UAMS Heart Healthy Communities Project Teams Up with UCLA, Howard University Researchers

By Linda Satter

The goal is to improve the quality and length of lives in the community.

Poor health outcomes disproportionately impact underserved, low-income communities. The UAMS Heart Healthy Communities’ mission is to improve health outcomes among impoverished rural populations by deploying community health workers to engage residents and determine which health and social services are needed to improve health outcomes, said Irion “Chip” Pursell Jr., MPH, RN, principal investigator for the project.

Assisted by a $1.7 million grant from the CDC Foundation, the UCLA and Howard University researchers launched Project REFOCUS (Racial Ethnic Framing of Community-Informed and Unifying Surveillance) in October 2020 to study COVID-19-related stigma and discrimination in underserved communities and provide related real-time information through an electronic dashboard. The dashboard is intended to be easily accessible to public health officials, the public and policymakers to help them build trust with — and respond to — the communities.

Chip Pursell

Chip Pursell

Through its ongoing work with local community health workers, the UAMS Heart Health Communities project will add actionable health and social data to the dashboard, said Pursell.

“The goal would be to determine which types of information to include, guided by input from the community, to assess the feasibility of integrating the data, and to see if/how local officials might use the dashboard with the additional data to inform their efforts to improve health locally,” said Chandra L. Ford, Ph.D., who leads the UCLA researchers.

Even before Heart Healthy Communities became one of only six projects in the country selected to work with Project Refocus, it developed a network of local providers and other community partners to connect people in the designated Arkansas communities with resources to improve health and wellness.

“Poor health outcomes tend to cluster in low-wealth neighborhoods, and the HHC community-centric approach facilitates the collection of actionable data that can be integrated into the Project Refocus dashboard,” said Pursell. “This will inform local stakeholders’ efforts to improve community health and well-being, and monitor the impact of COVID-19 and future public health emergencies.”

“Public health practitioners face challenges in effectively monitoring the presence, spread and impacts of COVID-19 among these disadvantaged populations,” said Ford, who is the founding director of the UCLA Fielding School of Public Health’s Center for the Study of Racism, Social Justice & Health, and a professor in the UCLA Department of Community Health Sciences.

“Lessons learned from prior epidemics, such as HIV/AIDS, make it clear that stigma and mistrust slow disease mitigation efforts among the most disadvantaged populations, contribute to mistrust of public health messages, delay access to services and reduce adherence to treatment,” she added. “This mistrust is rooted not in science denialism, but in legitimate concerns about the unequal treatment African American and other communities have received in health care.”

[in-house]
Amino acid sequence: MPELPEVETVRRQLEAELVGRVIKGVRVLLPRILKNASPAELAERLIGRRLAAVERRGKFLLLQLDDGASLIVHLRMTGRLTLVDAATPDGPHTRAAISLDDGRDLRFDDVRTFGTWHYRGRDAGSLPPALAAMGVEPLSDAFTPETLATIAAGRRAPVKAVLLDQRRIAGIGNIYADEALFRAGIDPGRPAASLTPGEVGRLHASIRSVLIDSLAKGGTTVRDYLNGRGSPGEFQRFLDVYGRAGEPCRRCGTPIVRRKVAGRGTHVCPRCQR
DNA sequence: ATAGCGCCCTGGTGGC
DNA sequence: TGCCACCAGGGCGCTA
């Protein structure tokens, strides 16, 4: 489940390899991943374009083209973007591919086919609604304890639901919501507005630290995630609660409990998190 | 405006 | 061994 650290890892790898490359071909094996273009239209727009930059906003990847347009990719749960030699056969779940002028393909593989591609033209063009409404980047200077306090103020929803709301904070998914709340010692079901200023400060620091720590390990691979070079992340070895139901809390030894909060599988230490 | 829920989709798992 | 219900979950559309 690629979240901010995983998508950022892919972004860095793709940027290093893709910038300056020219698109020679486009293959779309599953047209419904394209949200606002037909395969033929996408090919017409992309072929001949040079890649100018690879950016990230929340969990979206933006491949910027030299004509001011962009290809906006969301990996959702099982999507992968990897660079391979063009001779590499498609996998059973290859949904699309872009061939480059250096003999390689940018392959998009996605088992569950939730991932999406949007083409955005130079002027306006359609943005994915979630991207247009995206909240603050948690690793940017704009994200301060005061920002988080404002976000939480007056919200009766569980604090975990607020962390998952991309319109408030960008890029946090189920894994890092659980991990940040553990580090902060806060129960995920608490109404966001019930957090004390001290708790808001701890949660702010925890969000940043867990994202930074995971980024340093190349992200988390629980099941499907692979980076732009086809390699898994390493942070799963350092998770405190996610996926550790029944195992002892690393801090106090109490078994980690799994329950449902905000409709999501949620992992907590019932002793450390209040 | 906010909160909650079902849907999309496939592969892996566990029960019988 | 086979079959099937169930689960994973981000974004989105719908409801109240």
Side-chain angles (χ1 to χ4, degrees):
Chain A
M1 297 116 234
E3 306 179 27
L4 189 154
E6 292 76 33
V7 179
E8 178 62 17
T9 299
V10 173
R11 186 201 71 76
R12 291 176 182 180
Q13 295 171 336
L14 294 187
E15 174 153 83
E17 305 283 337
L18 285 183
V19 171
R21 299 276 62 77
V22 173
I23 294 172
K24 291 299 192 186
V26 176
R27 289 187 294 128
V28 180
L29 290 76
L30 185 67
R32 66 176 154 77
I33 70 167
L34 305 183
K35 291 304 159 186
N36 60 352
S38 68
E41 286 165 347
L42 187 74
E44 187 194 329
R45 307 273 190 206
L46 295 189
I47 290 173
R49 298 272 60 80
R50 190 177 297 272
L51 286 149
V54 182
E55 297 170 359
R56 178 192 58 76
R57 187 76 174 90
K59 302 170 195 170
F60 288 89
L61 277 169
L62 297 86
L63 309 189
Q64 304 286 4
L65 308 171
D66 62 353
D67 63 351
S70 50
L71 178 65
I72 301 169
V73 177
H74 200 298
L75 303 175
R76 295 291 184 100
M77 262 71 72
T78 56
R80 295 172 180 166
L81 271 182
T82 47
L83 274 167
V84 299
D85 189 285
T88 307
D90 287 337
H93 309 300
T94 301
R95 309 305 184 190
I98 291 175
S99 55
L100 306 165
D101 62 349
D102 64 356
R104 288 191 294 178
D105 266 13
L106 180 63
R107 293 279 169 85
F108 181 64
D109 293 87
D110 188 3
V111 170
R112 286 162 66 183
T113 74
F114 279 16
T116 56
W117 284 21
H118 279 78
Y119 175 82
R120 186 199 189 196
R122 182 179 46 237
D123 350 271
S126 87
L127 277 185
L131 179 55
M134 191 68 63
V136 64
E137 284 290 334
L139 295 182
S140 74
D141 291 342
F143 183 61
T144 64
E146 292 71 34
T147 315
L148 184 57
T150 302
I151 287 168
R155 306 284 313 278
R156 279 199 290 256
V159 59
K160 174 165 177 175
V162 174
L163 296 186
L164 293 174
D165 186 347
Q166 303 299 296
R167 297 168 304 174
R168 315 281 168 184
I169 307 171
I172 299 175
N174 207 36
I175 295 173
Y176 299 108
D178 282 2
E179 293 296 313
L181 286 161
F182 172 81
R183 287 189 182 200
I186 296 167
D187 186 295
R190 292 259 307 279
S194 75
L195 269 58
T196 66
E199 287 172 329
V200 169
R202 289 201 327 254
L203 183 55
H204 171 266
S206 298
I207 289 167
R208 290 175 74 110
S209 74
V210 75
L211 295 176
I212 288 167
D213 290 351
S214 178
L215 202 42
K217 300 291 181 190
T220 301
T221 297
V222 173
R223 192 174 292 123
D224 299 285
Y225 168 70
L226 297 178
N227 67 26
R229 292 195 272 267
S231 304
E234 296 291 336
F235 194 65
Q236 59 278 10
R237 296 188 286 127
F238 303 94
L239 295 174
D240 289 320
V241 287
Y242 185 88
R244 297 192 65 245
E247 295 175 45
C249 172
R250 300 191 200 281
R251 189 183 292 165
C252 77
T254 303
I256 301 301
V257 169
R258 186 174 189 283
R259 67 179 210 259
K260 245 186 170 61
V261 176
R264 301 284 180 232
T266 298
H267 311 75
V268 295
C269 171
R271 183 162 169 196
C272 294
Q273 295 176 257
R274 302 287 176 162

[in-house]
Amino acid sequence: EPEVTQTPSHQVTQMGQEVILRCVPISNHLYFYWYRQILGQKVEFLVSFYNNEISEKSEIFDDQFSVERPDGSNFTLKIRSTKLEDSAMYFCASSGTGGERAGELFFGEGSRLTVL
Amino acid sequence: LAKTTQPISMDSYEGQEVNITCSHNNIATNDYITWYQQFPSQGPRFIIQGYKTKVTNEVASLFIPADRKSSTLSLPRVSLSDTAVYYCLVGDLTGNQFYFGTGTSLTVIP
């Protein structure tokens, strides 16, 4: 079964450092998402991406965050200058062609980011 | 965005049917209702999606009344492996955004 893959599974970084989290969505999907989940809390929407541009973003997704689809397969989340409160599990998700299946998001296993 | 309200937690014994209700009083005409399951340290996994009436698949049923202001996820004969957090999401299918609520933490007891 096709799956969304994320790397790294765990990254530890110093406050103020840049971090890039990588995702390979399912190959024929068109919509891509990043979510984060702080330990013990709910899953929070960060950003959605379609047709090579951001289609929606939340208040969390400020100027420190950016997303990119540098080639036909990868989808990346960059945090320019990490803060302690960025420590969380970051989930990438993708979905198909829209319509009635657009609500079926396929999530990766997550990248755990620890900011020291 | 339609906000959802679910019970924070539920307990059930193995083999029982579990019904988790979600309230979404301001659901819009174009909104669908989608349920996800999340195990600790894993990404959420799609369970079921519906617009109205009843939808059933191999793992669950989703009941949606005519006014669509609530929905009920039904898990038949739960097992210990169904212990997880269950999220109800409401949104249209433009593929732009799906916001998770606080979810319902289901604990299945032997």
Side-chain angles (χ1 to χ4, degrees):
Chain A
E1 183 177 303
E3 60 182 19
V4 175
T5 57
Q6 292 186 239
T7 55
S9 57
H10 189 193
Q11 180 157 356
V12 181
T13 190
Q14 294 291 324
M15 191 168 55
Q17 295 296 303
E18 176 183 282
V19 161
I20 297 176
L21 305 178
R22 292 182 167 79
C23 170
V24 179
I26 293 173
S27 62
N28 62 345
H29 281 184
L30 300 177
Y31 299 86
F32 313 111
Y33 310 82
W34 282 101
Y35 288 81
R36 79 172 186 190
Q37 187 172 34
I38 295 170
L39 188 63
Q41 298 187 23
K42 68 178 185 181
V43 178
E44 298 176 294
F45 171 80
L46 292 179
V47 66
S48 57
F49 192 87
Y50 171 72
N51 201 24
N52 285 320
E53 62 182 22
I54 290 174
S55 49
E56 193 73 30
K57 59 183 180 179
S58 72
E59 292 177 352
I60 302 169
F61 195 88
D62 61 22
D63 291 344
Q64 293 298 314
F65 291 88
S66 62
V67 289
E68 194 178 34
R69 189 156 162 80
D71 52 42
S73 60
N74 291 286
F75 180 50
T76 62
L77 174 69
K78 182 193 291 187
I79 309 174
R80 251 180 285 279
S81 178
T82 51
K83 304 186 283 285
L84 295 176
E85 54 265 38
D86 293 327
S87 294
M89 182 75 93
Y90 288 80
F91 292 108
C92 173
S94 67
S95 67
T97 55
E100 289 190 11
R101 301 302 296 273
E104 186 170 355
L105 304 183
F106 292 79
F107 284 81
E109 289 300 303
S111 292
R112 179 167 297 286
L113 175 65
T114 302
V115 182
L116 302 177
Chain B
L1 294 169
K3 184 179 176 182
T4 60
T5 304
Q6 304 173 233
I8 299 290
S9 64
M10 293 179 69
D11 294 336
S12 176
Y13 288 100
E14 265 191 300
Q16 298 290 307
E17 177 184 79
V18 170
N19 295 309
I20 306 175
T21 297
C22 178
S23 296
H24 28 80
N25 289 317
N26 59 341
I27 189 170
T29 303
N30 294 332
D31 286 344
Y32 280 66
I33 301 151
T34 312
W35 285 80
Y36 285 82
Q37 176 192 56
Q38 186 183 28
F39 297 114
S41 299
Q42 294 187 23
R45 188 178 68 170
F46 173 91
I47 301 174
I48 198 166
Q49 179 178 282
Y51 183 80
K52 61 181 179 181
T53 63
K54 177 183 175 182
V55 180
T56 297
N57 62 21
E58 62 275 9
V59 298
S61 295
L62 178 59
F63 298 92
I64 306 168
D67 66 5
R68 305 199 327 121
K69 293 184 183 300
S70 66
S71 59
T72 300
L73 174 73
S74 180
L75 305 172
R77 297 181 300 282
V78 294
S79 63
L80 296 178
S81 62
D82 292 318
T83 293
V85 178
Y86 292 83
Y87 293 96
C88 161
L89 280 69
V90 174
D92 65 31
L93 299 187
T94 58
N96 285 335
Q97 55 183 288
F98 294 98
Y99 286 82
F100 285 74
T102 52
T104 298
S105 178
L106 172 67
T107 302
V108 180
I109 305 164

Monica Ponder, Ph.D., an epidemiologist and assistant professor of health communication at Howard University, noted that “during crises, fear can have a counter effect on access and adherence to community-level mitigation efforts.”

“Chronic stress is an important pathway by which stigma influences physical and mental health,” she said. “That can become a vicious cycle, fueled by racism and bias. Public health crisis communications must recognize the historical trauma, lived experiences and political climate in which people reside.”

The CDC Foundation is an independent, nonprofit organization created by Congress to mobilize philanthropic and private-sector resources to support the work of the Centers for Disease Control and Prevention and the public health community.

This project is supported by the Centers for Disease Control and Prevention of the U.S. Department of Health and Human Services (HHS) as part of a financial assistance award totaling $6,827,718.00 with 100 percent funded by CDC/HHS. The contents are those of the author(s) and do not necessarily represent the official views of, nor an endorsement, by CDC/HHS, or the U.S. Government.

 

UAMS is the state's only health sciences university, with colleges of Medicine, Nursing, Pharmacy, Health Professions and Public Health; a graduate school; a hospital; a main campus in Little Rock; a Northwest Arkansas regional campus in Fayetteville; a statewide network of regional campuses; and seven institutes: the Winthrop P. Rockefeller Cancer Institute, Jackson T. Stephens Spine & Neurosciences Institute, Harvey & Bernice Jones Eye Institute, Psychiatric Research Institute, Donald W. Reynolds Institute on Aging, Translational Research Institute and Institute for Digital Health & Innovation. UAMS includes UAMS Health, a statewide health system that encompasses all of UAMS' clinical enterprise. UAMS is the only adult Level 1 trauma center in the state. UAMS has 3,047 students, 873 medical residents and fellows, and six dental residents. It is the state's largest public employer with more than 11,000 employees, including 1,200 physicians who provide care to patients at UAMS, its regional campuses, Arkansas Children's, the VA Medical Center and Baptist Health. Visit www.uams.edu or uamshealth.com. Find us on Facebook, Twitter, YouTube or Instagram.

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